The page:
Well the public have spoken and after a manic couple of months since Theresa May called a snap election to massage her ego and solidify her mandate going into Brexit we have a reduced Conservative majority and a resurgent Labour Party under Jeremy Corbyn.
I have been involved in a local tactical voting campaign in Somerton & Frome that was sadly unsuccessful and whilst I revel in the reduced strength of our current government I can’t help but be disappointed that our constituency remains occupied by a Tory MP.
So what have we learned? Well, first and foremost I wouldn’t have changed a thing. We launched ourselves into challenging the status quo and in the process brought together a number of people from all political allegiances and backgrounds who wanted to fight for an opportunity at positive change. I am extremely proud of the work and compassion shown by everyone that helped us and in the process found friends and comrades that believed in a cause and threw all their energy into it.
Our electoral system
At a time where all our politics seems to be divided: right and left; remain and leave; soft and hard; Trump and sensibility; we need to appraise how it works and – more importantly – whether it works at all. The fear of a snap election called to the fore people who tried to work around the constraints of our First Past the Post system. Initiatives like Compass, Swap my Vote and Tactical 2017 tried desperately to pool the resources of the progressive left in a bid to overthrow the system we have in the face of a Tory landslide. And to a significant extent it worked. But what it highlighted was the need for compromise and unity across disparate voices and allegiances to achieve this. For many places this worked. In our constituency it didn’t.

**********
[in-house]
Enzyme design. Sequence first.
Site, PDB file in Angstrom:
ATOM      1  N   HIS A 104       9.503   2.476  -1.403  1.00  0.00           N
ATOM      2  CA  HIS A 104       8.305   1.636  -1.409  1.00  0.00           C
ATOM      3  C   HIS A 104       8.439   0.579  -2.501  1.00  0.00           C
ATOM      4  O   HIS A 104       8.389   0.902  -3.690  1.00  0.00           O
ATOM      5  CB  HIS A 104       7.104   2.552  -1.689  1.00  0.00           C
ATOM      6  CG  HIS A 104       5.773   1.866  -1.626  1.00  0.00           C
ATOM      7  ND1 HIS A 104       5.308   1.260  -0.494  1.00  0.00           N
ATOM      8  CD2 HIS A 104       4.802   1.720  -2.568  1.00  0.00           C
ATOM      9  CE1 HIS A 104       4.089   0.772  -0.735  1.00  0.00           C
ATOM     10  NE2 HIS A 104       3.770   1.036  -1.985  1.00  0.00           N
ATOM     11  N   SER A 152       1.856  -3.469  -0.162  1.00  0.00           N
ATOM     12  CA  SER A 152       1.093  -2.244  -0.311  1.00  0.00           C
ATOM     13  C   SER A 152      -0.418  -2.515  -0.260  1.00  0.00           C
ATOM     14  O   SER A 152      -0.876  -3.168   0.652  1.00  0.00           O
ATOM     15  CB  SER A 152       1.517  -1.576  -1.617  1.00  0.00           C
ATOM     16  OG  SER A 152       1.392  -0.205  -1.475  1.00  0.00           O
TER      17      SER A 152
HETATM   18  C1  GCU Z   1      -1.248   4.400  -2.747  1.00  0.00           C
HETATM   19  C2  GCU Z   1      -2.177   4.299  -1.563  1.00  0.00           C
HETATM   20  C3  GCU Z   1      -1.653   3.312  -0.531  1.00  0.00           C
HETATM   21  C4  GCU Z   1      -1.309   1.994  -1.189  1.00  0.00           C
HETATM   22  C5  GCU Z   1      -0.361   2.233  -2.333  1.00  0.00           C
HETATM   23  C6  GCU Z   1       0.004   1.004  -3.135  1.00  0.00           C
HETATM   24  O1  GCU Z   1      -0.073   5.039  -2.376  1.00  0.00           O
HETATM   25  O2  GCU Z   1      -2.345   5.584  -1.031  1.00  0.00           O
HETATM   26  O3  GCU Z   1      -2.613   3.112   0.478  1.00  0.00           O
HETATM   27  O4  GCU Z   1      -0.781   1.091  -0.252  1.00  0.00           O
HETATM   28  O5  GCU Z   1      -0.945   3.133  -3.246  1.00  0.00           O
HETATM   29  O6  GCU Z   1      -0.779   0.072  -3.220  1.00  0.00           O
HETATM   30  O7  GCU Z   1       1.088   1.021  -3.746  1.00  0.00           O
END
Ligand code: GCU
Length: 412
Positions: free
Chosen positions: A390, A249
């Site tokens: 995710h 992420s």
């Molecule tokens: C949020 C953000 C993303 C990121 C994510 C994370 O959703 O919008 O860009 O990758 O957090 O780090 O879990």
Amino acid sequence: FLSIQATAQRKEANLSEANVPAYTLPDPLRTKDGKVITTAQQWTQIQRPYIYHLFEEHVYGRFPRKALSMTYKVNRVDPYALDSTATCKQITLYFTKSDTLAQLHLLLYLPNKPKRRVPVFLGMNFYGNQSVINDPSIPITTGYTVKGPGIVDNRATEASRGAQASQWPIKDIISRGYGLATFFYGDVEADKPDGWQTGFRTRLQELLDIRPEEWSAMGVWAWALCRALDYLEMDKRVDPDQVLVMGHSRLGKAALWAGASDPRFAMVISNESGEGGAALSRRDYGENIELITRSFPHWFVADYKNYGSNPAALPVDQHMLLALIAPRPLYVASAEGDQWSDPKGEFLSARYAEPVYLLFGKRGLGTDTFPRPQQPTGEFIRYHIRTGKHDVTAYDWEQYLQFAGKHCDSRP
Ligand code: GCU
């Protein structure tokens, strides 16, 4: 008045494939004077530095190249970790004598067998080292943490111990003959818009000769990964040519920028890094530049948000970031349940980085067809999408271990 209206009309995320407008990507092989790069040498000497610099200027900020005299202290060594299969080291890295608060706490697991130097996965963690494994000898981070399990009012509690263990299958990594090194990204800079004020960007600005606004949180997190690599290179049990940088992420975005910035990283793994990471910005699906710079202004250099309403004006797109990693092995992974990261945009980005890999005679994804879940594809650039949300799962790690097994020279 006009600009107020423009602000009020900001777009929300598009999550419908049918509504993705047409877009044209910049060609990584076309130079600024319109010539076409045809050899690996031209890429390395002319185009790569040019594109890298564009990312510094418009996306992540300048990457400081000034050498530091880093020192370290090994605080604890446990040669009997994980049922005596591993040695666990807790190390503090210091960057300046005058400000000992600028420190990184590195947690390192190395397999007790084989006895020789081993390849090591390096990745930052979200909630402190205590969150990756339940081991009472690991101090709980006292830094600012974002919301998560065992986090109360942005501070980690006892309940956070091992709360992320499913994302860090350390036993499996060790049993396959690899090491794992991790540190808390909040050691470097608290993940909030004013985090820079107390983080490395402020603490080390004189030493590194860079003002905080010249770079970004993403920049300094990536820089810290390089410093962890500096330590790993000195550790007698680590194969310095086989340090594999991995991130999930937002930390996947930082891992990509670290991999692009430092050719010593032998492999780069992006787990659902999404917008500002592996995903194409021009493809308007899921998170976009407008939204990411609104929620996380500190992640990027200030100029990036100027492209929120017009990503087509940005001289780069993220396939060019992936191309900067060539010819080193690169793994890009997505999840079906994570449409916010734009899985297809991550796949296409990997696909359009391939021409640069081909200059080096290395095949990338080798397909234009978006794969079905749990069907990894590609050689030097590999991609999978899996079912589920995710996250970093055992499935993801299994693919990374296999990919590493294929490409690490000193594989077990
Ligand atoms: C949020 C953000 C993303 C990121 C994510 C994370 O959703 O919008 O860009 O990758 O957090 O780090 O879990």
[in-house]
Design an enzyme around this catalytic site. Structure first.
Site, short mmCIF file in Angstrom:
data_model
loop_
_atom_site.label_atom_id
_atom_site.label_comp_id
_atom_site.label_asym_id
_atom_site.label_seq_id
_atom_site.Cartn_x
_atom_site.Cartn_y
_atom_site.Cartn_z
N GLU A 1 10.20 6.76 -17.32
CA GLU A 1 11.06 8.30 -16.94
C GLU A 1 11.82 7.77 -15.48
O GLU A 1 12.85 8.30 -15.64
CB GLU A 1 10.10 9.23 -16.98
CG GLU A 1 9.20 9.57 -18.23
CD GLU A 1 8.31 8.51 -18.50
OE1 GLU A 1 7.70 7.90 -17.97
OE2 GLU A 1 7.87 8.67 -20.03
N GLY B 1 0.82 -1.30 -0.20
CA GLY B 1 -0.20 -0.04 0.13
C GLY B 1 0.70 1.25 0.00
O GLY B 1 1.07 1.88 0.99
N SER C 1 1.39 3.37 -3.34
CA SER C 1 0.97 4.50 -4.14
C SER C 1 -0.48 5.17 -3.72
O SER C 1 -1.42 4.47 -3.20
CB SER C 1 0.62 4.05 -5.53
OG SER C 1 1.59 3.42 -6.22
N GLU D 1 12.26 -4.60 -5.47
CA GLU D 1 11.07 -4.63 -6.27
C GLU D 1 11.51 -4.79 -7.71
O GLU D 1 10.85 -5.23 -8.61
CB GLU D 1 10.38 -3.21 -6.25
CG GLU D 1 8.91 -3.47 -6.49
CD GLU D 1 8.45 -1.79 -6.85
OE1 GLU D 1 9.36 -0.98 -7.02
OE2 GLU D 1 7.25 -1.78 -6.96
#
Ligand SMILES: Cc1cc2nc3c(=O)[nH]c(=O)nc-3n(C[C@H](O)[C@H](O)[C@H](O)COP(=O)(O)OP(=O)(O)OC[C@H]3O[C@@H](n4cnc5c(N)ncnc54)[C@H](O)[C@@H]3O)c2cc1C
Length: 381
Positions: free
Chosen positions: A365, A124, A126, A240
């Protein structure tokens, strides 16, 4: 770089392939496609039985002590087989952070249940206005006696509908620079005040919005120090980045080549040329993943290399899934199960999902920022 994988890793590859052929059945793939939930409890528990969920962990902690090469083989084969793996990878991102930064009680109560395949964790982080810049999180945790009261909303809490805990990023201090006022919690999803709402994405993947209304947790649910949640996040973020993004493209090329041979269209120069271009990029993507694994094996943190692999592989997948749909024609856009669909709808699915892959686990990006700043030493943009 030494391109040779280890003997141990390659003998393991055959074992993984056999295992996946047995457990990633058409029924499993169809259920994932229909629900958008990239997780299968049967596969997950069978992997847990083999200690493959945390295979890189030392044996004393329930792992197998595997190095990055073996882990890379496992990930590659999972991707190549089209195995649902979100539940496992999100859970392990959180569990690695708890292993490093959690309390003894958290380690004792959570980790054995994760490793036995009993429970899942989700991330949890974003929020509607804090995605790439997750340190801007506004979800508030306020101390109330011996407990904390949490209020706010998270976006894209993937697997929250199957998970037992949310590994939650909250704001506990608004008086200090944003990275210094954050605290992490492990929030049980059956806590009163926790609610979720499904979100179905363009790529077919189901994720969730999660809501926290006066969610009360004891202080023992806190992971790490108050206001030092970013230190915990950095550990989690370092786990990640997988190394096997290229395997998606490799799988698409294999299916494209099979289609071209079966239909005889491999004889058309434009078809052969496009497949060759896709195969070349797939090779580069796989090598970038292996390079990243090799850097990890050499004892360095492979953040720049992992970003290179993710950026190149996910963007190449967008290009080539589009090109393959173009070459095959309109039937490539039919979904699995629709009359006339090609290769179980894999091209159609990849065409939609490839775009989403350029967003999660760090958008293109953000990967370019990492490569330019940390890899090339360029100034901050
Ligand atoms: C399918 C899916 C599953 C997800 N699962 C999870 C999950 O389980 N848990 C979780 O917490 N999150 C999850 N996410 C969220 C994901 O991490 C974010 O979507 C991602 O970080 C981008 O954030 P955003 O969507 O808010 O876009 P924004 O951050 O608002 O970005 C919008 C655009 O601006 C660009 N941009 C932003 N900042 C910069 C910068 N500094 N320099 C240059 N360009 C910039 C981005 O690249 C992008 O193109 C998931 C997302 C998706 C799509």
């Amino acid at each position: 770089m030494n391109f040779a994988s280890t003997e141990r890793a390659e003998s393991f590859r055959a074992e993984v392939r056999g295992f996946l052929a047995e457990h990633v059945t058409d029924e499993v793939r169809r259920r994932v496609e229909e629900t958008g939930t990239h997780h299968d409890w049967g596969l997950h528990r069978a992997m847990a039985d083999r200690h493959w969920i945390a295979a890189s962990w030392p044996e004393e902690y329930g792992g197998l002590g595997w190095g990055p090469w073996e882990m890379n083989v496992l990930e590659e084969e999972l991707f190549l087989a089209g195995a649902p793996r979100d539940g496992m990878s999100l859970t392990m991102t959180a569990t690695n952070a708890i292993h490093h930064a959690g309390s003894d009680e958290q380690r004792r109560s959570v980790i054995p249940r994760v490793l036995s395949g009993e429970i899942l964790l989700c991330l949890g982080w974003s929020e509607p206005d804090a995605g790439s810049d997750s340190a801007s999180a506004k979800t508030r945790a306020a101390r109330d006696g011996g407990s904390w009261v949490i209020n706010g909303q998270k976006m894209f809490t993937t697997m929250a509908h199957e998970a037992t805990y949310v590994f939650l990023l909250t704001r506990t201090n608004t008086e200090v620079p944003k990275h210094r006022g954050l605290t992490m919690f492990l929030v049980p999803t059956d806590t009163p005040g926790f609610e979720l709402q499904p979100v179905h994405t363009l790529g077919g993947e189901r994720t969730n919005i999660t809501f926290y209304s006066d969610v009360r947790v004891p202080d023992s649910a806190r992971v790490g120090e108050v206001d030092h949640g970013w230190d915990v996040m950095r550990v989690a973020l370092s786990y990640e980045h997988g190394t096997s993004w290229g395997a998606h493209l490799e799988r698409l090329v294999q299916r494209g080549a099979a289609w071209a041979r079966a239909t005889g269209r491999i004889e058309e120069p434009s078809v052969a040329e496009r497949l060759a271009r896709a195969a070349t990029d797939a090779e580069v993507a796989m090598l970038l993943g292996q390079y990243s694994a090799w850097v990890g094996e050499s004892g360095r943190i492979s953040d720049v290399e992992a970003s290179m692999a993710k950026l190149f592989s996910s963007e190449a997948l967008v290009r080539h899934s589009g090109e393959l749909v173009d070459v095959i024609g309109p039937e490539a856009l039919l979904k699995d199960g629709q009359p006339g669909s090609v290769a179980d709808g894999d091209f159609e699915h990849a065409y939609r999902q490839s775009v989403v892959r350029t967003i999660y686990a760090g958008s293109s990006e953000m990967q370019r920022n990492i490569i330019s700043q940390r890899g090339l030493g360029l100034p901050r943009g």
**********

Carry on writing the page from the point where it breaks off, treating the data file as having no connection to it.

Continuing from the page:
As I have mentioned before, our current system of government is an anachronism. It is a bi-partisan democracy based on the idea of a two-party state rooted in the dominance of two political parties from the eighteenth century: Whigs (Progressives) and Tories (Conservatives). Our politics and democracy has thankfully moved on but our political system has not. This system emphasises the need for an absolute majority whilst pitting the House of Commons into a “them-and-us” dialogue that ultimately leads to extreme, reactive legislation built on short-term political cycles.
This system is completely unreflective of our population and means that only rarely are the views for the majority considered in the actions of governance. After the polls last week we have a ruling government that was supported by 42% of those who voted and only 29% of the electorate, propped up by the DUP, a party that won 0.9% of the popular vote. According to the Electoral Reform Society, as much as 74% of votes cast didn’t make a difference in their constituency. The SNP have 35 seats in parliament with 3% of the national vote, whilst the Liberal Democrats have 12 with more than twice those votes (7.4%). UKIP needed 593,852 votes to elect an MP whilst the Conservative party only needed 42,979 votes and the Labour party 49,141 votes.
Our system is broken. A more representative form of voting is fundamentally required. Indeed, we need a form of government – and electing it – that emphasises dialogue and collaboration rather than dogmatism and division. There are a number of options available and I am in no position to say which is best but I can say with complete belief that ours is not working and pits those with comparable beliefs against each other when we should all be working together.
Somerton and Frome